Nobel laureate Ivar Giæver lectures in Trondheim
Then they could solve all the other technological problems facing humankind. “It would be fantastic,” he says. Just shy of 80, with a leonine mane of silver hair and an engaging smile, Giæver is an unabashed supporter of technology, who thinks that fretting about the unintended consequences of future technological developments is a waste of time.
“One hundred years ago, people in New York City were worried about where they were going to get enough horses,” he remarks wryly. “What we worry about now is not what people are going to worry about in the future.”
Giæver’s vision may seem either lofty or irresponsible, depending upon your view, but it’s in keeping with an intellectual approach that led him from a degree in mechanical engineering from the Norwegian Institute of Technology in 1952 to the Nobel Prize in Physics in 1973. Giæver returned to Trondheim and his alma mater – now the Norwegian University of Science and Technology -- to talk about the interplay between physics and biology, and his view of the next frontiers for science.
From superconductivity to cell behaviour
The title of Giæver’s talk, “DNA -- Nanotechnology and a little more”, delivered to the Trondheim Polytechnic Association on April 1, gives a flavour of where the scientist’s interests lie now. In fact, not long after conducting the research that won him the Nobel Prize, Giæver was awarded a Guggenheim Fellowship and spent a 1969 in Cambridge, England, studying biophysics. It’s passion that he has pursued ever since.
Giæver’s intellectual journey started in part because of a housing crisis in post-war Norway. After he graduated from NTH and did his year of obligatory military service, Giæver had hoped to settle in the Oslo area with his young wife and child. But housing was very tight, and he would have had to wait eight years to get a house. In 1954, three weeks after he realized how difficult it would be to get housing, Giæver and his young family were on their way to Canada and a new life, with Giæver hired on to work at Canada General Electric’s Advanced Engineering Programme.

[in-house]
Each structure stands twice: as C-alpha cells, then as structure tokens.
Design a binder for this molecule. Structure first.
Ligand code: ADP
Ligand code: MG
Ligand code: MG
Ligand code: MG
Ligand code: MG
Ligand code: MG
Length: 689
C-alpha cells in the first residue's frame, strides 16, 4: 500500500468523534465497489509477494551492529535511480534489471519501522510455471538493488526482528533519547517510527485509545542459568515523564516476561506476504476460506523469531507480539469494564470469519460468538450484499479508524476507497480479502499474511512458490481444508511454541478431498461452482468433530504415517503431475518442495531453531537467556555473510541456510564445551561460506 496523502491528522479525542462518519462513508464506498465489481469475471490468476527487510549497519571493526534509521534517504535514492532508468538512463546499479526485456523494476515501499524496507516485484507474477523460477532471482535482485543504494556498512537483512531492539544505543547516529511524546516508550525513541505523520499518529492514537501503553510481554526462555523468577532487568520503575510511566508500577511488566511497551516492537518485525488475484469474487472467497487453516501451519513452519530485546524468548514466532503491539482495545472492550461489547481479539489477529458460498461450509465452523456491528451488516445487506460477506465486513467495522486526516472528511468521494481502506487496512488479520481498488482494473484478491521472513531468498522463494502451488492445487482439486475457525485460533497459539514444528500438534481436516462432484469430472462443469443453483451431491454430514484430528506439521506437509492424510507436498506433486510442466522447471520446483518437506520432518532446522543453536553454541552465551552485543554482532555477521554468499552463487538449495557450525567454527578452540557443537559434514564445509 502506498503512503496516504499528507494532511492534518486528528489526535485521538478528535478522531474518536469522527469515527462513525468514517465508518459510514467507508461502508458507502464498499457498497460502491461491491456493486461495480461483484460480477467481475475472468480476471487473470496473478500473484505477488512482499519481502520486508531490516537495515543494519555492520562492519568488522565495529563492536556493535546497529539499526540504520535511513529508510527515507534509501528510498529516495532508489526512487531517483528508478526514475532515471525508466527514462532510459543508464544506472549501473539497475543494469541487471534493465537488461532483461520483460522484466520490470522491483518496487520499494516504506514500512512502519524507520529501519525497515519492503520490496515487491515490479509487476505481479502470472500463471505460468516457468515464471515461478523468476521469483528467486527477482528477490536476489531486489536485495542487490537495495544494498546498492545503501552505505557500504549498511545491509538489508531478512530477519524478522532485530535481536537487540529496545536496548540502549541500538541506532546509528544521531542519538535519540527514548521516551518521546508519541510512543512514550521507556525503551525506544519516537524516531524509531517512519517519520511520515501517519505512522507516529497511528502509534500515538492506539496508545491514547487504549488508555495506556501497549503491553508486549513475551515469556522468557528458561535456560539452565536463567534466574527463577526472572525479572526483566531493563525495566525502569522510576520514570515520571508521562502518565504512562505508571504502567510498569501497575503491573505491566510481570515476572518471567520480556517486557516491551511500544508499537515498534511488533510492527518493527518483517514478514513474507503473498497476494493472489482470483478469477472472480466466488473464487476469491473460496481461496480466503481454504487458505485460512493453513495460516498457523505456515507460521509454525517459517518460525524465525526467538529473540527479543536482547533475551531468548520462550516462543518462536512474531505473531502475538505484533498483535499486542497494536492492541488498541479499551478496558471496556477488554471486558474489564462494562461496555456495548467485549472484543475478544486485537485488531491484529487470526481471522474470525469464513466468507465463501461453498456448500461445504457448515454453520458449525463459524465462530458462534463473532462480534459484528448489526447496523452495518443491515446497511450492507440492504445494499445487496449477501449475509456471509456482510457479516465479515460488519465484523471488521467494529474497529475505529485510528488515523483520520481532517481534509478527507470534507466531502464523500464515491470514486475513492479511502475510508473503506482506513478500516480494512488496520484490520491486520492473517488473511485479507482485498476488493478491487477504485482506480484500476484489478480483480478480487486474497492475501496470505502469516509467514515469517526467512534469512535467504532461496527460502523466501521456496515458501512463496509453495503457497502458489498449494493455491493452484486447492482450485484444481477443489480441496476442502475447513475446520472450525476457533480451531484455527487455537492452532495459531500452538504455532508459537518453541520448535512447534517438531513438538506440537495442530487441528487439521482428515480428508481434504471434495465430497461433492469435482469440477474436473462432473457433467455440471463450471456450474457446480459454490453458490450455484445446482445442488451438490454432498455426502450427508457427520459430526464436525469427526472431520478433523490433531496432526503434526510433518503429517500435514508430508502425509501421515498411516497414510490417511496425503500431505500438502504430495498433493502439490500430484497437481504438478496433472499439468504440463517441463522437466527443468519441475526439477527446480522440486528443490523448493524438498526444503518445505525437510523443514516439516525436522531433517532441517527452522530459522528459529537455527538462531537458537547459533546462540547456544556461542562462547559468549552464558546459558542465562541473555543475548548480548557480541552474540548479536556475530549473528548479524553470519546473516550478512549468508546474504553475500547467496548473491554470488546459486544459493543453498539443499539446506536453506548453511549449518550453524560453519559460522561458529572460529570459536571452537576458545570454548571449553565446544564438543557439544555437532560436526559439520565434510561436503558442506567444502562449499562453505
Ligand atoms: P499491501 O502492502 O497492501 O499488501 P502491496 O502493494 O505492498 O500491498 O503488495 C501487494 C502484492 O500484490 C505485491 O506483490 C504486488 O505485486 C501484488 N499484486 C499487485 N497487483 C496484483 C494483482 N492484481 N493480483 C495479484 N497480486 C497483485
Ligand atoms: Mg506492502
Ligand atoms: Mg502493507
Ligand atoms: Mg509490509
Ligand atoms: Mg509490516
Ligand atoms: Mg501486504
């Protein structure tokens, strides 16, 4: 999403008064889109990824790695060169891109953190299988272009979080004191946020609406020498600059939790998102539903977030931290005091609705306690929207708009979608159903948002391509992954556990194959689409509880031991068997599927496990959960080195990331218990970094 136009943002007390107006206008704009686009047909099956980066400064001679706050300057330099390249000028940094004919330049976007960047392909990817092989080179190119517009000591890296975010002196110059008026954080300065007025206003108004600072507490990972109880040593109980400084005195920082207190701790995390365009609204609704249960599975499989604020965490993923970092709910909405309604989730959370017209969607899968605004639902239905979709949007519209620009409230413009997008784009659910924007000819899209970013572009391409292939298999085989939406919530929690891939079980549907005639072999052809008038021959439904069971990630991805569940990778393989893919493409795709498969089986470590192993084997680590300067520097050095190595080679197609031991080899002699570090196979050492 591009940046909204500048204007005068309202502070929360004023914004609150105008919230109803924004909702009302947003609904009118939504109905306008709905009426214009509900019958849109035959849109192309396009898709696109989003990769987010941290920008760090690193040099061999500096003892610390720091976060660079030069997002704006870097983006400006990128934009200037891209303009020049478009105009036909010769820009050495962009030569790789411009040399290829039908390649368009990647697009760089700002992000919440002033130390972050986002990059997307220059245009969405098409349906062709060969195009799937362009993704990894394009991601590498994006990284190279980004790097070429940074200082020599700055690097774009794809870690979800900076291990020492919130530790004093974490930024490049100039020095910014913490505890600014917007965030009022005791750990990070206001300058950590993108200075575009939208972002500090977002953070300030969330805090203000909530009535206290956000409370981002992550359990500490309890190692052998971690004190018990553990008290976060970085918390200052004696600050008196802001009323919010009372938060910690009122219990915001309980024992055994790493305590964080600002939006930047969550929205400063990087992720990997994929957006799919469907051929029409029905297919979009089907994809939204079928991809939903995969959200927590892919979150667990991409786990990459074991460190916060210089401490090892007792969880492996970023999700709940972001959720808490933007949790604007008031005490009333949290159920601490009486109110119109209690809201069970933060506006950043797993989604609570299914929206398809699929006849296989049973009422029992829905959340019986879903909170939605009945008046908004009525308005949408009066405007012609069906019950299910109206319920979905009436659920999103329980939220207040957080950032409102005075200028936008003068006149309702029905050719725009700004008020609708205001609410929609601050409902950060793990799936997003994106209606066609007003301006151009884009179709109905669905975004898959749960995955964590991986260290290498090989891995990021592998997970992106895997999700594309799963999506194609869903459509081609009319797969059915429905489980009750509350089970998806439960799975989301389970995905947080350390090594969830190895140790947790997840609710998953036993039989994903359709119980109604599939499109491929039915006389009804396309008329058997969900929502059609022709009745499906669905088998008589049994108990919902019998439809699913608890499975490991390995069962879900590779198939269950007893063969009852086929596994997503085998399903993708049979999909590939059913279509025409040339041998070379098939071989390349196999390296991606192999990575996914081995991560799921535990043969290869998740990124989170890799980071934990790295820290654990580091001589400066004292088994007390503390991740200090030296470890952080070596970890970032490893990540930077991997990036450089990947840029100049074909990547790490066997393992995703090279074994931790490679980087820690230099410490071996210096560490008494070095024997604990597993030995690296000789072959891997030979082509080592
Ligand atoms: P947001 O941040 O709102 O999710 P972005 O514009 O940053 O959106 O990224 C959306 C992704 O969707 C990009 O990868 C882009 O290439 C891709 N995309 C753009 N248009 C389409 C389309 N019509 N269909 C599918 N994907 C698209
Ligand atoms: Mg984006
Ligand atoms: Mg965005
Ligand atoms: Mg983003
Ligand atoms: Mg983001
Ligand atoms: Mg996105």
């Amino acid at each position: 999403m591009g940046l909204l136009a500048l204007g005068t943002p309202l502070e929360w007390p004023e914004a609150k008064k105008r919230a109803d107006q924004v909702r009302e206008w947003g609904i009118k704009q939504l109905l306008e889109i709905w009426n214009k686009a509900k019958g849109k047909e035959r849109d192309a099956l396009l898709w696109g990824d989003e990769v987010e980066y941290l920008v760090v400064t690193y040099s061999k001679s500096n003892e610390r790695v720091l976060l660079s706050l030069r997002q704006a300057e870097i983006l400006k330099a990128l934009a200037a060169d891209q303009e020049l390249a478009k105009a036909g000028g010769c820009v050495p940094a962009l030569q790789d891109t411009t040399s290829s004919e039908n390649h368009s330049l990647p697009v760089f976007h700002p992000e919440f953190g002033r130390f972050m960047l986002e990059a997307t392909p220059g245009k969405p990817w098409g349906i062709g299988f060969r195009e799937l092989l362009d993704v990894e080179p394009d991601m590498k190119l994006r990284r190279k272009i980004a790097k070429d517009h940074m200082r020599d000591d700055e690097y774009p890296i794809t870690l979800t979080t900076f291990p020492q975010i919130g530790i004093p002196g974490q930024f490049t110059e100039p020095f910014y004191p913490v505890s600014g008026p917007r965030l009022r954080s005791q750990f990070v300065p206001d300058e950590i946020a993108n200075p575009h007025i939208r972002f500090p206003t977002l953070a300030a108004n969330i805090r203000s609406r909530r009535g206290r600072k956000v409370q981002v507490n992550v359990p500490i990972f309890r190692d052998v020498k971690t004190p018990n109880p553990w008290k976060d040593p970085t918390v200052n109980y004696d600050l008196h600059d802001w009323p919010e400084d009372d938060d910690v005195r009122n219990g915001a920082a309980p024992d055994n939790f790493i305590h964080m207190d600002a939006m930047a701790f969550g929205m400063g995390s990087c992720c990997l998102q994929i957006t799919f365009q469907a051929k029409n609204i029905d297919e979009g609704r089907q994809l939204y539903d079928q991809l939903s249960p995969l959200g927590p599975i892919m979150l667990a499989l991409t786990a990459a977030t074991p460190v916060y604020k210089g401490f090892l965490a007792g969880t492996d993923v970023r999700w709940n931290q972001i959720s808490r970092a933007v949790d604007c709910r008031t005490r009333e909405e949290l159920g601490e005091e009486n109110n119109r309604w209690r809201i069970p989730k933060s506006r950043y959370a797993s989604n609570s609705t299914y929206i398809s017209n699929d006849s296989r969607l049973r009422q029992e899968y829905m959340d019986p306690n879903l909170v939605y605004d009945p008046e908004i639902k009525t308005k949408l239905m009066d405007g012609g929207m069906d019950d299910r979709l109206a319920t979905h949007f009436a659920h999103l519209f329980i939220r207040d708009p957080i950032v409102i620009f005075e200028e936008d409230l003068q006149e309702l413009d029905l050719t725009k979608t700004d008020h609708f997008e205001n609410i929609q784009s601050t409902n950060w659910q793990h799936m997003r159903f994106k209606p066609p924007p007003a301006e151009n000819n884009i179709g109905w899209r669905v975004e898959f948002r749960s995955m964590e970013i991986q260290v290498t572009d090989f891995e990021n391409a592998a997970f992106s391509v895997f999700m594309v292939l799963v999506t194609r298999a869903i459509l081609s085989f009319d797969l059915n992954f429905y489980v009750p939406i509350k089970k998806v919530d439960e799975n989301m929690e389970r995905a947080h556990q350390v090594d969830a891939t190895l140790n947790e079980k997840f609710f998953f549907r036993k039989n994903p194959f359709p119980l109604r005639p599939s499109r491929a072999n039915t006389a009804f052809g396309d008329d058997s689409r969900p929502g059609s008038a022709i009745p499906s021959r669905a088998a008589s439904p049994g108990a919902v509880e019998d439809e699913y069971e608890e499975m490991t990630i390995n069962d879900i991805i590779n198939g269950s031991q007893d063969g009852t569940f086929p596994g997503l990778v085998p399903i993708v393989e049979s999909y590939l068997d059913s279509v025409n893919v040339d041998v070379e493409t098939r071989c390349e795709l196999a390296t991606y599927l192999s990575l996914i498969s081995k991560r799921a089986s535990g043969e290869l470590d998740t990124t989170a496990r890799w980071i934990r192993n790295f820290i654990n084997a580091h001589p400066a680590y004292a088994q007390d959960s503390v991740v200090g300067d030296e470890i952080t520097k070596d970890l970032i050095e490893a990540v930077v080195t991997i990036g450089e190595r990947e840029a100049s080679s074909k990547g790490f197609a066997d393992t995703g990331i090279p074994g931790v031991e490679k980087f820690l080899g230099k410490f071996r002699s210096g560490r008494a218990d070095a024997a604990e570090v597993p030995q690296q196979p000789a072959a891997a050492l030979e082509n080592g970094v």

Paid to do research
In 1956, Giæver emigrated to the US to study in GE’s A, B, and C engineering courses. It was here that he had an epiphany that would change the course of his career. “I made what I called the biggest discovery of my life,” he said in an interview recorded for the Nobel Foundation in 2004. “I discovered that people could get paid for doing research. I was completely flabbergasted – I never heard of that -- These people went around¿wrote on the blackboard, looked like they had a good time. I said ‘That’s what I want to do.’”
Giæver started working at GE’s Research and Development Center in 1958 while simultaneously starting his PhD in physics at the Rensselaer Polytechnical Institute. In 1960, he performed the experiments with thin films, tunneling and superconductivity that would lead to his winning the Nobel Prize in Physics, an honour he shared with two others that year.
He finally left GE to become an institute professor at RPI in 1988. He also founded Applied BioPhysics, Inc., to exploit physical properties to make tools that could be used in drug discovery and cell research.
Limitless potential of biological research
Biological research, particularly genetic research, holds untold potential, he told an audience of nearly 200 at his Trondheim lecture. “We can do everything possible with genetic engineering,” he said. “Everything that is natural is not necessarily the best.”
Giæver was critical of Europe’s reluctance to accept genetically modified foods, and addressed a number of questions from his audience about the potential problems that these foods might pose. “From my perspective, if you can make food that is better, healthier, uses less chemicals and is cheaper, then that is a good thing,” he said. “There is no ethical problem.”
In fact, he says, one of the best things that an engineering school can do for its students is to require them to study biology along with more traditional courses such as physics and mathematics. “Absolutely,” he says. “That is where the new discoveries will lie. That is the future.”